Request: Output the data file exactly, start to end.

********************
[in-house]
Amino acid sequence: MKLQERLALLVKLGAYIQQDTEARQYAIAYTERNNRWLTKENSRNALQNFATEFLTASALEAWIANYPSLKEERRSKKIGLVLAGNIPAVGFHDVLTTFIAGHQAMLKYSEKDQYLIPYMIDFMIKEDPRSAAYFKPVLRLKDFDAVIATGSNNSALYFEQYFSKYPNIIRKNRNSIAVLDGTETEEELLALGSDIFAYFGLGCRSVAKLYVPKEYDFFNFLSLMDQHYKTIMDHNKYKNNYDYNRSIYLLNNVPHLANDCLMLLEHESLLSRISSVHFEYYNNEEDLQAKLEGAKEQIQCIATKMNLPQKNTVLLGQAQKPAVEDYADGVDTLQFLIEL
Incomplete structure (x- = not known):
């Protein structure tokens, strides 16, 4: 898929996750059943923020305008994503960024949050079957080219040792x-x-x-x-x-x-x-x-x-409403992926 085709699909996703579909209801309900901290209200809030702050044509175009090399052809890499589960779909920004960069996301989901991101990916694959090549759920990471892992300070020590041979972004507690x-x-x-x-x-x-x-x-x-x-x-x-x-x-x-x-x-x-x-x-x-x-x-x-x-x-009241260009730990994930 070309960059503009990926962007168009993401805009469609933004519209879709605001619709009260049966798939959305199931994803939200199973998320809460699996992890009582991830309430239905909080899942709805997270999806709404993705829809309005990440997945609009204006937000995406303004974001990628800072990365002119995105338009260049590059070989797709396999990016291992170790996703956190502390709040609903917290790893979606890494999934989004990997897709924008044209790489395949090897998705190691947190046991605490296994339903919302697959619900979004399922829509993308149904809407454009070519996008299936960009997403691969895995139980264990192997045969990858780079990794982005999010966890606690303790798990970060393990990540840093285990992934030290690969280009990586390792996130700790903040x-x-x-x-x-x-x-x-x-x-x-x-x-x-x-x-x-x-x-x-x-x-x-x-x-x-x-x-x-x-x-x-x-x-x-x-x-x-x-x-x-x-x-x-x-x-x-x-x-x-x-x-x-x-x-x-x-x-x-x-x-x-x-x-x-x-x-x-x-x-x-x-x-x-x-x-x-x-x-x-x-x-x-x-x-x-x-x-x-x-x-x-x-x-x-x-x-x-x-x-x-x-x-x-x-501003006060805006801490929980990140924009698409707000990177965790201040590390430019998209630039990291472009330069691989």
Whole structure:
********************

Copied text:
[in-house]
Amino acid sequence: MKLQERLALLVKLGAYIQQDTEARQYAIAYTERNNRWLTKENSRNALQNFATEFLTASALEAWIANYPSLKEERRSKKIGLVLAGNIPAVGFHDVLTTFIAGHQAMLKYSEKDQYLIPYMIDFMIKEDPRSAAYFKPVLRLKDFDAVIATGSNNSALYFEQYFSKYPNIIRKNRNSIAVLDGTETEEELLALGSDIFAYFGLGCRSVAKLYVPKEYDFFNFLSLMDQHYKTIMDHNKYKNNYDYNRSIYLLNNVPHLANDCLMLLEHESLLSRISSVHFEYYNNEEDLQAKLEGAKEQIQCIATKMNLPQKNTVLLGQAQKPAVEDYADGVDTLQFLIEL
Incomplete structure (x- = not known):
């Protein structure tokens, strides 16, 4: 898929996750059943923020305008994503960024949050079957080219040792x-x-x-x-x-x-x-x-x-409403992926 085709699909996703579909209801309900901290209200809030702050044509175009090399052809890499589960779909920004960069996301989901991101990916694959090549759920990471892992300070020590041979972004507690x-x-x-x-x-x-x-x-x-x-x-x-x-x-x-x-x-x-x-x-x-x-x-x-x-x-009241260009730990994930 070309960059503009990926962007168009993401805009469609933004519209879709605001619709009260049966798939959305199931994803939200199973998320809460699996992890009582991830309430239905909080899942709805997270999806709404993705829809309005990440997945609009204006937000995406303004974001990628800072990365002119995105338009260049590059070989797709396999990016291992170790996703956190502390709040609903917290790893979606890494999934989004990997897709924008044209790489395949090897998705190691947190046991605490296994339903919302697959619900979004399922829509993308149904809407454009070519996008299936960009997403691969895995139980264990192997045969990858780079990794982005999010966890606690303790798990970060393990990540840093285990992934030290690969280009990586390792996130700790903040x-x-x-x-x-x-x-x-x-x-x-x-x-x-x-x-x-x-x-x-x-x-x-x-x-x-x-x-x-x-x-x-x-x-x-x-x-x-x-x-x-x-x-x-x-x-x-x-x-x-x-x-x-x-x-x-x-x-x-x-x-x-x-x-x-x-x-x-x-x-x-x-x-x-x-x-x-x-x-x-x-x-x-x-x-x-x-x-x-x-x-x-x-x-x-x-x-x-x-x-x-x-x-x-x-501003006060805006801490929980990140924009698409707000990177965790201040590390430019998209630039990291472009330069691989």
Whole structure: